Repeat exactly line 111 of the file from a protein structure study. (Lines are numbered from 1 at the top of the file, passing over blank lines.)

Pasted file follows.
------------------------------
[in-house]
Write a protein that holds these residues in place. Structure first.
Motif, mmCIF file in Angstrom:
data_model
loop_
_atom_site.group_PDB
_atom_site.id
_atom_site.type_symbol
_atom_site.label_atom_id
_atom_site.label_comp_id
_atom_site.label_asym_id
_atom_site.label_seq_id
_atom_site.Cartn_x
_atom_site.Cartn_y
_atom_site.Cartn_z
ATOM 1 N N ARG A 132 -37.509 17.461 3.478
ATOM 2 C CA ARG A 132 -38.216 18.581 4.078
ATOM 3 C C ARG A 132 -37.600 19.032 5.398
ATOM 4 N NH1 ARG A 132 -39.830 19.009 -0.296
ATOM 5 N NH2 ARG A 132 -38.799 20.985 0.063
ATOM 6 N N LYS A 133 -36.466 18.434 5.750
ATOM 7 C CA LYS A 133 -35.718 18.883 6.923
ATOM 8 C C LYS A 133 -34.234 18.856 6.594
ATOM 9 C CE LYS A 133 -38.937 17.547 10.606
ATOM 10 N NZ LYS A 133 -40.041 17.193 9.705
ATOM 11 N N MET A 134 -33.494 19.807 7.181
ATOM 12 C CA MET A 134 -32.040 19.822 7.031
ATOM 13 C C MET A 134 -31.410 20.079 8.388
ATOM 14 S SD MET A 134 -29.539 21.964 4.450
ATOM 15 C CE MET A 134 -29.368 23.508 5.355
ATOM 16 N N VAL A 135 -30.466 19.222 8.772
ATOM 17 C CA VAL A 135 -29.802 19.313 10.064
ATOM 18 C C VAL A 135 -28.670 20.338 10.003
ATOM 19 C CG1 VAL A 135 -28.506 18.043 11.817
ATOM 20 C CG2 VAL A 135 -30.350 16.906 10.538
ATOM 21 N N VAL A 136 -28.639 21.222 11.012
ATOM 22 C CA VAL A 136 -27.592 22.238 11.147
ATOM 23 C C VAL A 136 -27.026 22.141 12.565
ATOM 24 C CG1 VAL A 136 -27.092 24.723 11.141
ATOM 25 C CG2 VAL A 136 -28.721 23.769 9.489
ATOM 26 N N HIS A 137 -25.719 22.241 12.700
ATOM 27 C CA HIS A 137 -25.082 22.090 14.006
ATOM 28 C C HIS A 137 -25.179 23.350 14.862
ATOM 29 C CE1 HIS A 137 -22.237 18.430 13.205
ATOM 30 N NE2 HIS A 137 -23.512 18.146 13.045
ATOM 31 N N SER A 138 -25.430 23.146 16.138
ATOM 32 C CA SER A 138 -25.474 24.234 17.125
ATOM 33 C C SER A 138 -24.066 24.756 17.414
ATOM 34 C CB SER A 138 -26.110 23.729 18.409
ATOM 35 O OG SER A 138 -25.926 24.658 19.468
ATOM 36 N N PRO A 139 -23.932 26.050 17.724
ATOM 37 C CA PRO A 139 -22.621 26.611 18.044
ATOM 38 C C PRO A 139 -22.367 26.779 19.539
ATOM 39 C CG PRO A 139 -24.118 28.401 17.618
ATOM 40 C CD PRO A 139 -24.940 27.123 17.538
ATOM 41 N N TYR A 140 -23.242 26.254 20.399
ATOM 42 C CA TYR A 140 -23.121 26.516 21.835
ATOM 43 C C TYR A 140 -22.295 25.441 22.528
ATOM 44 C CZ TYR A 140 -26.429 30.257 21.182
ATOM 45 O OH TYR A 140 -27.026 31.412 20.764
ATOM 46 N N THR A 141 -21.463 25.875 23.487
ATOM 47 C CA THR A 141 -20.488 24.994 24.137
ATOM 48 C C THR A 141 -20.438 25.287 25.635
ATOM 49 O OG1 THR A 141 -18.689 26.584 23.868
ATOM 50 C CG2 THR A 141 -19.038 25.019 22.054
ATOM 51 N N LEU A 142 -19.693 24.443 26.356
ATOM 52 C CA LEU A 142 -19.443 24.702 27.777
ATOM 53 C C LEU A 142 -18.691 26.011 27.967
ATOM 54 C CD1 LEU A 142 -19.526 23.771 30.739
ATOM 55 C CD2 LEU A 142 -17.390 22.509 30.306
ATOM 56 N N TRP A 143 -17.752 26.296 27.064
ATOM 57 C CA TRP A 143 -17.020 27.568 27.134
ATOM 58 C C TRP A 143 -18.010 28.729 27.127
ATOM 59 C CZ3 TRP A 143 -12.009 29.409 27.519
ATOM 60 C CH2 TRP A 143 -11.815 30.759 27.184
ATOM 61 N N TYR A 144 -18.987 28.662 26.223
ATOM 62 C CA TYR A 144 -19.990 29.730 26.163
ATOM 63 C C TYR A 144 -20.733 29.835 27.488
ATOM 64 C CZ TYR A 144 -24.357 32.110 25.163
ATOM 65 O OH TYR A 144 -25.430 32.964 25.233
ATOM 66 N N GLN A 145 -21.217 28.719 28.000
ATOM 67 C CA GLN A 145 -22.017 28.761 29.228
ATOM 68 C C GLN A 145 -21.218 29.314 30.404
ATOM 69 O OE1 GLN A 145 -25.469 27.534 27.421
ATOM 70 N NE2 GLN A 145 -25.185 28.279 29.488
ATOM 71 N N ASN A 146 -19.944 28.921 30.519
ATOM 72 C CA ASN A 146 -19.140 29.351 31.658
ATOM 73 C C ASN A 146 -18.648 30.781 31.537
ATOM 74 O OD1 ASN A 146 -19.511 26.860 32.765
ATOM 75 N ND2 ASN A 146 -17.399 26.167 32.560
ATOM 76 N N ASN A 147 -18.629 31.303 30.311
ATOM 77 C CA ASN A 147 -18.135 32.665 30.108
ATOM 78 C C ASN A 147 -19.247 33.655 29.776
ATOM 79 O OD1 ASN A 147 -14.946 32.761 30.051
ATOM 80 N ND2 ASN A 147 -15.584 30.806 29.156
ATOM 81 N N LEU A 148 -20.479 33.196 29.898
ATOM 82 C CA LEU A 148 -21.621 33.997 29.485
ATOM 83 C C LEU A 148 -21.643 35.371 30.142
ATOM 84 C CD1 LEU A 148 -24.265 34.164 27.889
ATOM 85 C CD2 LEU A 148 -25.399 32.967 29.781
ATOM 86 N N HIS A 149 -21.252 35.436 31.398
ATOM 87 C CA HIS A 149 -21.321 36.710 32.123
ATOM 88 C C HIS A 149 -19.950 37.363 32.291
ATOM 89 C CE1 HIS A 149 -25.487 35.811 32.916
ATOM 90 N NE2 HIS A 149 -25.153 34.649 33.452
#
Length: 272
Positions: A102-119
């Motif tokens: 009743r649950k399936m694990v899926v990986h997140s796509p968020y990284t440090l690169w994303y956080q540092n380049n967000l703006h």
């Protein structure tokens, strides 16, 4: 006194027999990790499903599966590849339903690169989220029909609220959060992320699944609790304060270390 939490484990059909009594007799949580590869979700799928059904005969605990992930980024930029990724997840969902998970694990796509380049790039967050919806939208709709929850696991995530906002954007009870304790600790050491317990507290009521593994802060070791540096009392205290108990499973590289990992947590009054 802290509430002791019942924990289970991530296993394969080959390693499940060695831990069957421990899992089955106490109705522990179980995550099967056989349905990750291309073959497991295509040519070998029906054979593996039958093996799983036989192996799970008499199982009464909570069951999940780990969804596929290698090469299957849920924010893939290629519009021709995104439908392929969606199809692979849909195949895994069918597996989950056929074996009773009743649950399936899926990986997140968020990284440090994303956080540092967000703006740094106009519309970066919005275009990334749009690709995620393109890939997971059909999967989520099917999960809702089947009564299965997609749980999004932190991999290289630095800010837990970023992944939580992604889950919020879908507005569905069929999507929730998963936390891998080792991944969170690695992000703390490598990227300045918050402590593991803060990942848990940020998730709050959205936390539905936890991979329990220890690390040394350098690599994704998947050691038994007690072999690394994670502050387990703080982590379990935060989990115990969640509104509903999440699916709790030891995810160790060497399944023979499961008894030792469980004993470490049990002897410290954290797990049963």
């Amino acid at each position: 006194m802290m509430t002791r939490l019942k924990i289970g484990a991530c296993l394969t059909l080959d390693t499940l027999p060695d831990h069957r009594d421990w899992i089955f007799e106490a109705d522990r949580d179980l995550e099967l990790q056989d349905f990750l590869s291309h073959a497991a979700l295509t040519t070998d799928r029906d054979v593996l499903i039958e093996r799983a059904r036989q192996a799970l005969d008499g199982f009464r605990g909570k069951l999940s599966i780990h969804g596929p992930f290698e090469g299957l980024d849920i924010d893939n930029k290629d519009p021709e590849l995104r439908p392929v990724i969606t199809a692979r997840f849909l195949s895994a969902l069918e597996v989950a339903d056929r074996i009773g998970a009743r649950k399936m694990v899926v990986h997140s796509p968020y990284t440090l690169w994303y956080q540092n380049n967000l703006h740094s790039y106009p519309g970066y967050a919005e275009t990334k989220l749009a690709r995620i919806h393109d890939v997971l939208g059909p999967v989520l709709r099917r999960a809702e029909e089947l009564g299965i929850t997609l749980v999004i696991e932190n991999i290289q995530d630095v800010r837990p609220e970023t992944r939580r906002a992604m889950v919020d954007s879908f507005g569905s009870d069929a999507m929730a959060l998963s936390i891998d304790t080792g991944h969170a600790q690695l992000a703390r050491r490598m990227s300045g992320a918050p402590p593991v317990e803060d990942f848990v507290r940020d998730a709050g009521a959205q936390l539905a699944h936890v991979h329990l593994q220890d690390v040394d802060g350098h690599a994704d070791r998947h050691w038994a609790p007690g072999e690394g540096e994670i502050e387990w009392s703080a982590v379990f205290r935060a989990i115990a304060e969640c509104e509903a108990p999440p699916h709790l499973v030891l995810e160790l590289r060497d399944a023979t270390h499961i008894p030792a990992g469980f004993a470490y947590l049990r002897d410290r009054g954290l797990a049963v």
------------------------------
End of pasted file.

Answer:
């Amino acid at each position: 006194m802290m509430t002791r939490l019942k924990i289970g484990a991530c296993l394969t059909l080959d390693t499940l027999p060695d831990h069957r009594d421990w899992i089955f007799e106490a109705d522990r949580d179980l995550e099967l990790q056989d349905f990750l590869s291309h073959a497991a979700l295509t040519t070998d799928r029906d054979v593996l499903i039958e093996r799983a059904r036989q192996a799970l005969d008499g199982f009464r605990g909570k069951l999940s599966i780990h969804g596929p992930f290698e090469g299957l980024d849920i924010d893939n930029k290629d519009p021709e590849l995104r439908p392929v990724i969606t199809a692979r997840f849909l195949s895994a969902l069918e597996v989950a339903d056929r074996i009773g998970a009743r649950k399936m694990v899926v990986h997140s796509p968020y990284t440090l690169w994303y956080q540092n380049n967000l703006h740094s790039y106009p519309g970066y967050a919005e275009t990334k989220l749009a690709r995620i919806h393109d890939v997971l939208g059909p999967v989520l709709r099917r999960a809702e029909e089947l009564g299965i929850t997609l749980v999004i696991e932190n991999i290289q995530d630095v800010r837990p609220e970023t992944r939580r906002a992604m889950v919020d954007s879908f507005g569905s009870d069929a999507m929730a959060l998963s936390i891998d304790t080792g991944h969170a600790q690695l992000a703390r050491r490598m990227s300045g992320a918050p402590p593991v317990e803060d990942f848990v507290r940020d998730a709050g009521a959205q936390l539905a699944h936890v991979h329990l593994q220890d690390v040394d802060g350098h690599a994704d070791r998947h050691w038994a609790p007690g072999e690394g540096e994670i502050e387990w009392s703080a982590v379990f205290r935060a989990i115990a304060e969640c509104e509903a108990p999440p699916h709790l499973v030891l995810e160790l590289r060497d399944a023979t270390h499961i008894p030792a990992g469980f004993a470490y947590l049990r002897d410290r009054g954290l797990a049963v």